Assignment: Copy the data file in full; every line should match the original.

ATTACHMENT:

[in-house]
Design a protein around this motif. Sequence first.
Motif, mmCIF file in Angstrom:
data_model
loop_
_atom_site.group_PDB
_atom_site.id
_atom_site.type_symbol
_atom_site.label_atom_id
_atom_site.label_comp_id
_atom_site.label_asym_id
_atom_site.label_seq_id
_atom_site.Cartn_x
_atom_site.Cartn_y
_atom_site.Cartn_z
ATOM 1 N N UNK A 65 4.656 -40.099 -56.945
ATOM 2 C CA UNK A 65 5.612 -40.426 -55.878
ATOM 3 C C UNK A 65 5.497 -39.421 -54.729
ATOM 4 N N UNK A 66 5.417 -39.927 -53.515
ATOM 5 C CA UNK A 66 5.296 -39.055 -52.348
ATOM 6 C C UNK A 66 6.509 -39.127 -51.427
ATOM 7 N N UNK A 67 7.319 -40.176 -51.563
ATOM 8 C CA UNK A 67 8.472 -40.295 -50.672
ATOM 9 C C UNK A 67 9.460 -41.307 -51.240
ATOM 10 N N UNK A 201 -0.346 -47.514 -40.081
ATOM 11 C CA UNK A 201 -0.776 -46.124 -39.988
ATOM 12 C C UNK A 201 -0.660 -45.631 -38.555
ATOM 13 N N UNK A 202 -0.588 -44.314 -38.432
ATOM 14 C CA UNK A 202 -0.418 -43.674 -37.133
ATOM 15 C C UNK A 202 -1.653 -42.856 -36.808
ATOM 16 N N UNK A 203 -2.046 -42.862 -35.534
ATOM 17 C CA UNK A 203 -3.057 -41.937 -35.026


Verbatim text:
[in-house]
Design a protein around this motif. Sequence first.
Motif, mmCIF file in Angstrom:
data_model
loop_
_atom_site.group_PDB
_atom_site.id
_atom_site.type_symbol
_atom_site.label_atom_id
_atom_site.label_comp_id
_atom_site.label_asym_id
_atom_site.label_seq_id
_atom_site.Cartn_x
_atom_site.Cartn_y
_atom_site.Cartn_z
ATOM 1 N N UNK A 65 4.656 -40.099 -56.945
ATOM 2 C CA UNK A 65 5.612 -40.426 -55.878
ATOM 3 C C UNK A 65 5.497 -39.421 -54.729
ATOM 4 N N UNK A 66 5.417 -39.927 -53.515
ATOM 5 C CA UNK A 66 5.296 -39.055 -52.348
ATOM 6 C C UNK A 66 6.509 -39.127 -51.427
ATOM 7 N N UNK A 67 7.319 -40.176 -51.563
ATOM 8 C CA UNK A 67 8.472 -40.295 -50.672
ATOM 9 C C UNK A 67 9.460 -41.307 -51.240
ATOM 10 N N UNK A 201 -0.346 -47.514 -40.081
ATOM 11 C CA UNK A 201 -0.776 -46.124 -39.988
ATOM 12 C C UNK A 201 -0.660 -45.631 -38.555
ATOM 13 N N UNK A 202 -0.588 -44.314 -38.432
ATOM 14 C CA UNK A 202 -0.418 -43.674 -37.133
ATOM 15 C C UNK A 202 -1.653 -42.856 -36.808
ATOM 16 N N UNK A 203 -2.046 -42.862 -35.534
ATOM 17 C CA UNK A 203 -3.057 -41.937 -35.026